The key I found is to carefully "tweak" the surface of the frame the gasket mounts to with a Wiss 3” Hand Seamer to a point where the glass contacts the gasket firmly when closed. With the gasket removed and the glass in the closed position it's easy to see the variations in the gap from the frame to the glass and adjust it to better match the glass.
I've noted too that as the glass is pulled in at the bottom by the Sill Latches they may have a tendency to add some bow to the glass and open up the seal gap in the middle of the curve.


I also insert the new gasket up under the hinged area to the top of the frame and let it be crushed by the "glass rail" part of the hinge holding the glass. This helped keep the water from tracking in behind and dripping down.

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Note: The new gasket needs regular applications of silicone spray to prevent it from sticking to the glass.

As for your drip rail idea I'm not sure how effective it would be to add more holes to prevent leaks. Unless you use an adhesive to hold the rails on.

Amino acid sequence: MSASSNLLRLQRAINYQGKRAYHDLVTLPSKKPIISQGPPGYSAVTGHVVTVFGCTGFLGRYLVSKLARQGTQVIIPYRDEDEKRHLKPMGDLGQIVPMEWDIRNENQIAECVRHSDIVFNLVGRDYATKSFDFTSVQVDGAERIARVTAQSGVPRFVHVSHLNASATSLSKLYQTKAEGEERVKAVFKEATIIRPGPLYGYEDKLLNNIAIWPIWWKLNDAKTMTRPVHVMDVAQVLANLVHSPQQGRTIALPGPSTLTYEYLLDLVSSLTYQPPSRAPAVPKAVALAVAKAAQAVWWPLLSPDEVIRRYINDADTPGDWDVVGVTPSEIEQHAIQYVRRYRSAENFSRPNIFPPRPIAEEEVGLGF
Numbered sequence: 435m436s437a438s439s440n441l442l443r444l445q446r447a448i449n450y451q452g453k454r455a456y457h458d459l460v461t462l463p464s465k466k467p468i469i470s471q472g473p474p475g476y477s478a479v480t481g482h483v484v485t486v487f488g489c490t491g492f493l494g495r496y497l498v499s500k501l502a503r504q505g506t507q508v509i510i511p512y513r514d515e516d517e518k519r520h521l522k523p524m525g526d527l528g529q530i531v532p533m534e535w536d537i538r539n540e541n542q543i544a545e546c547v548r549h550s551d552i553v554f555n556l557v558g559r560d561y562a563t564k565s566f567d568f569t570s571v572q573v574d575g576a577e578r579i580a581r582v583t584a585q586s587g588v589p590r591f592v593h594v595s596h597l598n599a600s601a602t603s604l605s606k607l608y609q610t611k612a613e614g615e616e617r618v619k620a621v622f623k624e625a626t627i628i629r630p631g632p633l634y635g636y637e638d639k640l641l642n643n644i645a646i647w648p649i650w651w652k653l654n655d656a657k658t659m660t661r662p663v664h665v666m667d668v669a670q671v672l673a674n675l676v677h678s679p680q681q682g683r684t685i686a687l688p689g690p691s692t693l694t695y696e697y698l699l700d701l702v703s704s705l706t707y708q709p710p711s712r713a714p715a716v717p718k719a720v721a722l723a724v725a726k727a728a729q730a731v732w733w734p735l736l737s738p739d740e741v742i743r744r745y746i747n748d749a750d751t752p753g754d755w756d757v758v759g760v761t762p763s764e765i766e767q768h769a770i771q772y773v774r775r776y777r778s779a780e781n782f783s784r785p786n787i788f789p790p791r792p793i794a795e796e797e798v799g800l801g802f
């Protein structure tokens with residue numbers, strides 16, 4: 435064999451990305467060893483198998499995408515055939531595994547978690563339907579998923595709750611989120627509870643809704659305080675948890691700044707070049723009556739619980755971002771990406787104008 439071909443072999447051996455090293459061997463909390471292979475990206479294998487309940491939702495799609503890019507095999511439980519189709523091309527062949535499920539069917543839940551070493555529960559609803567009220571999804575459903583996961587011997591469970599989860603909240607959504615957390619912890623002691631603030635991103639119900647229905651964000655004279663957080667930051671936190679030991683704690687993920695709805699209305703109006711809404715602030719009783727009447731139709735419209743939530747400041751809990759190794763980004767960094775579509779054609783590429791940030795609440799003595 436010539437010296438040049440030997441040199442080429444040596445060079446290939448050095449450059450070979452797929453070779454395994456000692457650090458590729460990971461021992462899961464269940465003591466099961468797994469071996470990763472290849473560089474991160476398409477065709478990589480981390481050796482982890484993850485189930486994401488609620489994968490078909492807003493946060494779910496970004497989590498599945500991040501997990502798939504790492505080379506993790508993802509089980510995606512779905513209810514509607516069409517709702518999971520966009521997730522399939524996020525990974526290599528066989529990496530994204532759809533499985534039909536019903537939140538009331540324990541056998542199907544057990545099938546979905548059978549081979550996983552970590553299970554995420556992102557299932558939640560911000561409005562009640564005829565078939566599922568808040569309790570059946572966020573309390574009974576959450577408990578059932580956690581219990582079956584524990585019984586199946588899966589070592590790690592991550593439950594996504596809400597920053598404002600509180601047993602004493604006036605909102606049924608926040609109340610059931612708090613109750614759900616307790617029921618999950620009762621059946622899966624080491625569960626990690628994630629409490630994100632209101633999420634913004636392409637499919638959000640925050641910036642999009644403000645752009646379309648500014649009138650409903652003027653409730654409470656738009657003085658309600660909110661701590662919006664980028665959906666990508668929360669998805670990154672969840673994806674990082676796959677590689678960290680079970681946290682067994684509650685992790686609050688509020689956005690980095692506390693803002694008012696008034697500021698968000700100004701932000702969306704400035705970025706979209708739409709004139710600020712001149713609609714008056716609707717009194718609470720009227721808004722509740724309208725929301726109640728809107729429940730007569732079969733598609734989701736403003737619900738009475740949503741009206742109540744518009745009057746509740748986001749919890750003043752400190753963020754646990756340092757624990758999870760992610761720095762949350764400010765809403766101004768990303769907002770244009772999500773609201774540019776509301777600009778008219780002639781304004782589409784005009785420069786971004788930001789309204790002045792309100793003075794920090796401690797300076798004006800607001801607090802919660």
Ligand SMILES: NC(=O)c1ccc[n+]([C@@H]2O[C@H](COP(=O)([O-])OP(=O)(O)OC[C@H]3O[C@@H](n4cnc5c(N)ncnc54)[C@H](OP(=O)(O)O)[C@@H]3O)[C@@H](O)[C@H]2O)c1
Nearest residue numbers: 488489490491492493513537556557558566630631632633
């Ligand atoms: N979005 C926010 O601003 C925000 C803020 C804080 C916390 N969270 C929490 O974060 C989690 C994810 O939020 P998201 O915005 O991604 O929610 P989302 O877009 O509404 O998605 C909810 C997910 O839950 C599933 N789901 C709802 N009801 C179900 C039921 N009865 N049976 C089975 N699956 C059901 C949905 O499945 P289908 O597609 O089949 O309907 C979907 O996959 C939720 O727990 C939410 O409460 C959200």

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Old 08-12-2014, 07:18 PM   #3
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This looks like a great solution, the one thing I like about these years is the clean seamless look without the dripcap.
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Old 08-13-2014, 07:43 AM   #4
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Thanks for your informative reply. I didn't think to visualize or measure the window frame to the curve glass when I got all the old gaskets and glue off of the frame. Having a consistant squeeze on the gasket with the windows closed is important.